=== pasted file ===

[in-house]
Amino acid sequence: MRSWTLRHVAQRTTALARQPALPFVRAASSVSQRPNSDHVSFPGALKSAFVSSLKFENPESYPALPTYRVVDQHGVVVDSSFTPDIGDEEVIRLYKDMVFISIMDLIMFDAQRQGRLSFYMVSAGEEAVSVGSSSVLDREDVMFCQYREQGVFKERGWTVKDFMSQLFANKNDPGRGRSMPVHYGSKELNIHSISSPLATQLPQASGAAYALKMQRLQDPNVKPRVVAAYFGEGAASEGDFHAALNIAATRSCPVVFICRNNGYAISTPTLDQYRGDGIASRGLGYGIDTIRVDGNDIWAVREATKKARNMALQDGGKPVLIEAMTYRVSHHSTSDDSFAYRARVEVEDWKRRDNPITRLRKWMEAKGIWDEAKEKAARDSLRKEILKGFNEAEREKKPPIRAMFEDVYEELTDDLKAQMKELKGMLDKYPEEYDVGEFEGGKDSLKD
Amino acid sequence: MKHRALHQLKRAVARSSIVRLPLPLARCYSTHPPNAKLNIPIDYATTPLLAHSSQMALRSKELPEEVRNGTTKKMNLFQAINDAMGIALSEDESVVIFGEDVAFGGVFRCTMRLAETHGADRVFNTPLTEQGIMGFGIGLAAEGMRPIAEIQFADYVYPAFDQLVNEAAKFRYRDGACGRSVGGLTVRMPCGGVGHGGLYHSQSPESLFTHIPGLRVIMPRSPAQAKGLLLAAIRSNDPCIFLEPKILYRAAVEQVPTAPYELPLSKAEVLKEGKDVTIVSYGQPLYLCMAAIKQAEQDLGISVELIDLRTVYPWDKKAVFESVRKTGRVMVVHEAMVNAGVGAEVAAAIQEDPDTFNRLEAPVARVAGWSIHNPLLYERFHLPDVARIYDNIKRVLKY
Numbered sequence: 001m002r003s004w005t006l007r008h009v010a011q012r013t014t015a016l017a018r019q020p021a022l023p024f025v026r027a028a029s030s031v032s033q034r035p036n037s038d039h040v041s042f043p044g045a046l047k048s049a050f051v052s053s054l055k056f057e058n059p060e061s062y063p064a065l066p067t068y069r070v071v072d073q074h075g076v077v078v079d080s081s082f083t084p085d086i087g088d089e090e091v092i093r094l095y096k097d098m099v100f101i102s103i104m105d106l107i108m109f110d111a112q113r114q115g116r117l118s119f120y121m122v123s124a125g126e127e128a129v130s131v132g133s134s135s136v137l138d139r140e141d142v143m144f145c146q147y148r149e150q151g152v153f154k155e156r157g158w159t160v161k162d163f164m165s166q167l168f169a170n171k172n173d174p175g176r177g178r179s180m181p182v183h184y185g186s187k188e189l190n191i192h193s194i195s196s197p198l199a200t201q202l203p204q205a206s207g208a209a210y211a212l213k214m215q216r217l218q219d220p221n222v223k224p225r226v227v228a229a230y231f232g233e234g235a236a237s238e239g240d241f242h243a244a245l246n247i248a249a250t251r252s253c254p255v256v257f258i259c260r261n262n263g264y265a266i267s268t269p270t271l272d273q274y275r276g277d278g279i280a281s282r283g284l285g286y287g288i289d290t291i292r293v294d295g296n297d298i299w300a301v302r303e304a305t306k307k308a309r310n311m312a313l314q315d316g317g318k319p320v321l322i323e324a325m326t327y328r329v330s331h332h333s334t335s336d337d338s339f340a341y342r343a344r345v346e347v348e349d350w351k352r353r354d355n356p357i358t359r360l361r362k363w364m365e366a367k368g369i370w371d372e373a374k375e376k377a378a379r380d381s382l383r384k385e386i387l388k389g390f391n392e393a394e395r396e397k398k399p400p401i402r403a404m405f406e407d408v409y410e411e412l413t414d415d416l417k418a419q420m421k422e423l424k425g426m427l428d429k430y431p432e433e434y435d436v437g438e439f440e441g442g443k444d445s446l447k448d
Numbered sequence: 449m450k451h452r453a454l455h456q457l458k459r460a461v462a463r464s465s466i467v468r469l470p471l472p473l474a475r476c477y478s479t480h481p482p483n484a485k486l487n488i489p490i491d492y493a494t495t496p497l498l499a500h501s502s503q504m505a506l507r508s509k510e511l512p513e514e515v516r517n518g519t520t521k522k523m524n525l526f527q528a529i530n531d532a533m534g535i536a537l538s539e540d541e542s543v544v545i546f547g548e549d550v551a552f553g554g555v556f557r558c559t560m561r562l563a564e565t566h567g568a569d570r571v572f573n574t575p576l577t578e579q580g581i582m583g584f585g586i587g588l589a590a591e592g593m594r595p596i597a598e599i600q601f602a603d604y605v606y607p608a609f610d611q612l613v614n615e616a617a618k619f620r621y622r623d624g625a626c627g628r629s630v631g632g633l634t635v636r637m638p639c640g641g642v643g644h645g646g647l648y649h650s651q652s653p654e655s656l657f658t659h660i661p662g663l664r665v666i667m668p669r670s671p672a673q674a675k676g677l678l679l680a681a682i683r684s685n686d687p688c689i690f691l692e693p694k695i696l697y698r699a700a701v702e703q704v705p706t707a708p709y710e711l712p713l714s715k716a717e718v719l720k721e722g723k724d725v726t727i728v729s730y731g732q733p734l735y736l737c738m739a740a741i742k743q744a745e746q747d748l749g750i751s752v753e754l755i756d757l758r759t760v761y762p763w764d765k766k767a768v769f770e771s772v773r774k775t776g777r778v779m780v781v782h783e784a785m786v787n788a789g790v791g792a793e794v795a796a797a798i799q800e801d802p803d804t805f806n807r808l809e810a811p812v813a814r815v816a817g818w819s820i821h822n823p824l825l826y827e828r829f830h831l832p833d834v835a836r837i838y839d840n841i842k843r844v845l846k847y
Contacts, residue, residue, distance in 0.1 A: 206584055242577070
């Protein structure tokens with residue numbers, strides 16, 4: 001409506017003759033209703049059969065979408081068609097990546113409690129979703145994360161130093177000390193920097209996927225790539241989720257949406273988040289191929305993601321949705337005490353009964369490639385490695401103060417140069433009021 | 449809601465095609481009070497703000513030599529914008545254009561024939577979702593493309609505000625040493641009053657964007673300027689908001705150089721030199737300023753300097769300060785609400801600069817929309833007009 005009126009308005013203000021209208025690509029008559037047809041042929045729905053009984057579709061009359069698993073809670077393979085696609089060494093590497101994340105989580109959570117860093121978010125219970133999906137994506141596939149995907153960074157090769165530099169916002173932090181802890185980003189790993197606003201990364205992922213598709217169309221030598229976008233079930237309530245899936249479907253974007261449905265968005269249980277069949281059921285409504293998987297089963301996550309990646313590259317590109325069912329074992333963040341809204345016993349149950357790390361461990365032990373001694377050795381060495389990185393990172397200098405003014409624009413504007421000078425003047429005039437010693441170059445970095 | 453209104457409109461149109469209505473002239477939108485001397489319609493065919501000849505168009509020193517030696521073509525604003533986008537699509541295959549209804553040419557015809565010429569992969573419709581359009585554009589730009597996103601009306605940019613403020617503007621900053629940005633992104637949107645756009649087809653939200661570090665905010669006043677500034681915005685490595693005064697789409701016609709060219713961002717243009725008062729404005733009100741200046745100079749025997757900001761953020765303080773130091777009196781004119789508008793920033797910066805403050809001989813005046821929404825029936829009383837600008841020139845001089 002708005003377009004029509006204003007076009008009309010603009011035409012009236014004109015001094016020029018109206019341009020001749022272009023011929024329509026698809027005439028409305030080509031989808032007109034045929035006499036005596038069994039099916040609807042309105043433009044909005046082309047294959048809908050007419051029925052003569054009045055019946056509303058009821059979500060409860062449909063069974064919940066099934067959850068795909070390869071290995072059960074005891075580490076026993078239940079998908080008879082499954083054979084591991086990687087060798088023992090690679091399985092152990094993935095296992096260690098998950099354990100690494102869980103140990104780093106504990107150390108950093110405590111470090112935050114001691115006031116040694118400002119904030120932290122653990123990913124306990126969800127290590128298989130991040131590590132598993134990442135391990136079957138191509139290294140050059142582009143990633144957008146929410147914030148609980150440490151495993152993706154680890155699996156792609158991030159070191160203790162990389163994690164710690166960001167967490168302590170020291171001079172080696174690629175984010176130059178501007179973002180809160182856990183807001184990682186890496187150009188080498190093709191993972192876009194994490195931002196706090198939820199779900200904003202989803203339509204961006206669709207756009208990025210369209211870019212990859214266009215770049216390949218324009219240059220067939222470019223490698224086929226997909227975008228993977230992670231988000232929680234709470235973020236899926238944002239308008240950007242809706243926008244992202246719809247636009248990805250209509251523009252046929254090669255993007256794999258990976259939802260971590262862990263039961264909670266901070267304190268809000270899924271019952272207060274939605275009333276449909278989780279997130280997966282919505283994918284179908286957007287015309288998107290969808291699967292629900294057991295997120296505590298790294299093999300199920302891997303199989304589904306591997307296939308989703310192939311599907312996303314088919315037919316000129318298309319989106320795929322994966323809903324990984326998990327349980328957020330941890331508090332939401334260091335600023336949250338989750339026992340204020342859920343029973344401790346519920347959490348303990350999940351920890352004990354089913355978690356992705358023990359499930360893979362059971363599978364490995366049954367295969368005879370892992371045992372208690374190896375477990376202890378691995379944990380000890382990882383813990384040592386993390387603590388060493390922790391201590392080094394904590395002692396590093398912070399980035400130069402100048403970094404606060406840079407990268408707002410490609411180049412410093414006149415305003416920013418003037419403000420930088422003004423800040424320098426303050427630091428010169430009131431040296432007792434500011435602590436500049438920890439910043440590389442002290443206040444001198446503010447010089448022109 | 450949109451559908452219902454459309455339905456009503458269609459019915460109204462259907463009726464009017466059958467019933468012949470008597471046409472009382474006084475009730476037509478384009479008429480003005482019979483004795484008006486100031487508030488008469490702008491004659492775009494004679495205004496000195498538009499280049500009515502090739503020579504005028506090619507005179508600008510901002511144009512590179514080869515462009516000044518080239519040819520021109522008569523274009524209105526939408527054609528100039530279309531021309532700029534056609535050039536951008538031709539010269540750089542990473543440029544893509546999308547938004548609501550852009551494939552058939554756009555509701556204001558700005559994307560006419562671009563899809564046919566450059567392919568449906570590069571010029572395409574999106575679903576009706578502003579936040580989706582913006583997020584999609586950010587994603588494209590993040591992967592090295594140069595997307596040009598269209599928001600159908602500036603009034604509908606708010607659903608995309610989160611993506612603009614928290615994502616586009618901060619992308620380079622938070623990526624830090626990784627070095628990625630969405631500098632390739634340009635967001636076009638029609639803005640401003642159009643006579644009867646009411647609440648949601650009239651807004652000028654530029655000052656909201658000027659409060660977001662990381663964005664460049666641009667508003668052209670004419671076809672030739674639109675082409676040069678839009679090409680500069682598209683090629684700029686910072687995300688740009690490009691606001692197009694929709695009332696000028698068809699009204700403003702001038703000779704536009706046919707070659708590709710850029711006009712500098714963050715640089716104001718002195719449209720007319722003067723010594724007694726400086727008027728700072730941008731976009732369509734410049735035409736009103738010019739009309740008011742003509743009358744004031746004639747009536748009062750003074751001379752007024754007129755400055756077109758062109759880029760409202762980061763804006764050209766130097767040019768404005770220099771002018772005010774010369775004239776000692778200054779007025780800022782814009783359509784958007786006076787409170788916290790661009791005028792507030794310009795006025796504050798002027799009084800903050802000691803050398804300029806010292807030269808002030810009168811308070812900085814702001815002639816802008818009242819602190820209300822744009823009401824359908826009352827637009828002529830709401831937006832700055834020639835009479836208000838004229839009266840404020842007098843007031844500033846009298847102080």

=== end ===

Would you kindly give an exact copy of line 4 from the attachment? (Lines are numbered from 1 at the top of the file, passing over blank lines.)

Numbered sequence: 001m002r003s004w005t006l007r008h009v010a011q012r013t014t015a016l017a018r019q020p021a022l023p024f025v026r027a028a029s030s031v032s033q034r035p036n037s038d039h040v041s042f043p044g045a046l047k048s049a050f051v052s053s054l055k056f057e058n059p060e061s062y063p064a065l066p067t068y069r070v071v072d073q074h075g076v077v078v079d080s081s082f083t084p085d086i087g088d089e090e091v092i093r094l095y096k097d098m099v100f101i102s103i104m105d106l107i108m109f110d111a112q113r114q115g116r117l118s119f120y121m122v123s124a125g126e127e128a129v130s131v132g133s134s135s136v137l138d139r140e141d142v143m144f145c146q147y148r149e150q151g152v153f154k155e156r157g158w159t160v161k162d163f164m165s166q167l168f169a170n171k172n173d174p175g176r177g178r179s180m181p182v183h184y185g186s187k188e189l190n191i192h193s194i195s196s197p198l199a200t201q202l203p204q205a206s207g208a209a210y211a212l213k214m215q216r217l218q219d220p221n222v223k224p225r226v227v228a229a230y231f232g233e234g235a236a237s238e239g240d241f242h243a244a245l246n247i248a249a250t251r252s253c254p255v256v257f258i259c260r261n262n263g264y265a266i267s268t269p270t271l272d273q274y275r276g277d278g279i280a281s282r283g284l285g286y287g288i289d290t291i292r293v294d295g296n297d298i299w300a301v302r303e304a305t306k307k308a309r310n311m312a313l314q315d316g317g318k319p320v321l322i323e324a325m326t327y328r329v330s331h332h333s334t335s336d337d338s339f340a341y342r343a344r345v346e347v348e349d350w351k352r353r354d355n356p357i358t359r360l361r362k363w364m365e366a367k368g369i370w371d372e373a374k375e376k377a378a379r380d381s382l383r384k385e386i387l388k389g390f391n392e393a394e395r396e397k398k399p400p401i402r403a404m405f406e407d408v409y410e411e412l413t414d415d416l417k418a419q420m421k422e423l424k425g426m427l428d429k430y431p432e433e434y435d436v437g438e439f440e441g442g443k444d445s446l447k448d